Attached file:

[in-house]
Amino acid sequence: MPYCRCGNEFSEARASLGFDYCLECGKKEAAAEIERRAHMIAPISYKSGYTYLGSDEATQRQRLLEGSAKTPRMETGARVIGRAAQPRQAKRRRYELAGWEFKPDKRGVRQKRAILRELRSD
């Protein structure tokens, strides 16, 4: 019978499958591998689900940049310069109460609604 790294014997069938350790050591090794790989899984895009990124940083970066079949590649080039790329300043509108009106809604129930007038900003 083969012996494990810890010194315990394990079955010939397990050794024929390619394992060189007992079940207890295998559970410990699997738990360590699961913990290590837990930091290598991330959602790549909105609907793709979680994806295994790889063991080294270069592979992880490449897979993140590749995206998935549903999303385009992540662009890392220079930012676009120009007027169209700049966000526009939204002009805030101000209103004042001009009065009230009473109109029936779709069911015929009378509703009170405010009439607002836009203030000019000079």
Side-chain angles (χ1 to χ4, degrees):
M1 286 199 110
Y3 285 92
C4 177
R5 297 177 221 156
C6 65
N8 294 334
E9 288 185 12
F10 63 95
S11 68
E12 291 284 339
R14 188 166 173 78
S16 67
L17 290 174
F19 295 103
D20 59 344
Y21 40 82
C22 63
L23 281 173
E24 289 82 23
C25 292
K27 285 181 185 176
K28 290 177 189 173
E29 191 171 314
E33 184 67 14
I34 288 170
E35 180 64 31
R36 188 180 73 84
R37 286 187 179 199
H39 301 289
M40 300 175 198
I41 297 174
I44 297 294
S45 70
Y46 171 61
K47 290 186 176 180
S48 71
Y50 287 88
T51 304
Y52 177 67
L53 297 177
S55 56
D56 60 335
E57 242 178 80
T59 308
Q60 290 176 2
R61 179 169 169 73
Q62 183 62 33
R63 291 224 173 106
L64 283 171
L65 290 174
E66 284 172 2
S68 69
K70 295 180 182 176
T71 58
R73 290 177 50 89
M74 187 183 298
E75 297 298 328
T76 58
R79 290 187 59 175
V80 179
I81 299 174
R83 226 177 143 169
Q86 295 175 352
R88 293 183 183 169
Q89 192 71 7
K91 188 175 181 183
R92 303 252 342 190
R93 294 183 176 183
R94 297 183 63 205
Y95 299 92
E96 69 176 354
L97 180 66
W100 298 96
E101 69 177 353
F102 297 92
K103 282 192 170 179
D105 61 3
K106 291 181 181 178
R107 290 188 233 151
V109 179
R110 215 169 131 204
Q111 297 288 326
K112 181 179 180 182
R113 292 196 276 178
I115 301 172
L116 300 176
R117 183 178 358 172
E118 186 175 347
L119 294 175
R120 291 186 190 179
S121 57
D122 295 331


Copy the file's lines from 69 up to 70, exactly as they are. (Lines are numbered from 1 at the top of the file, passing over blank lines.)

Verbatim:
Q89 192 71 7
K91 188 175 181 183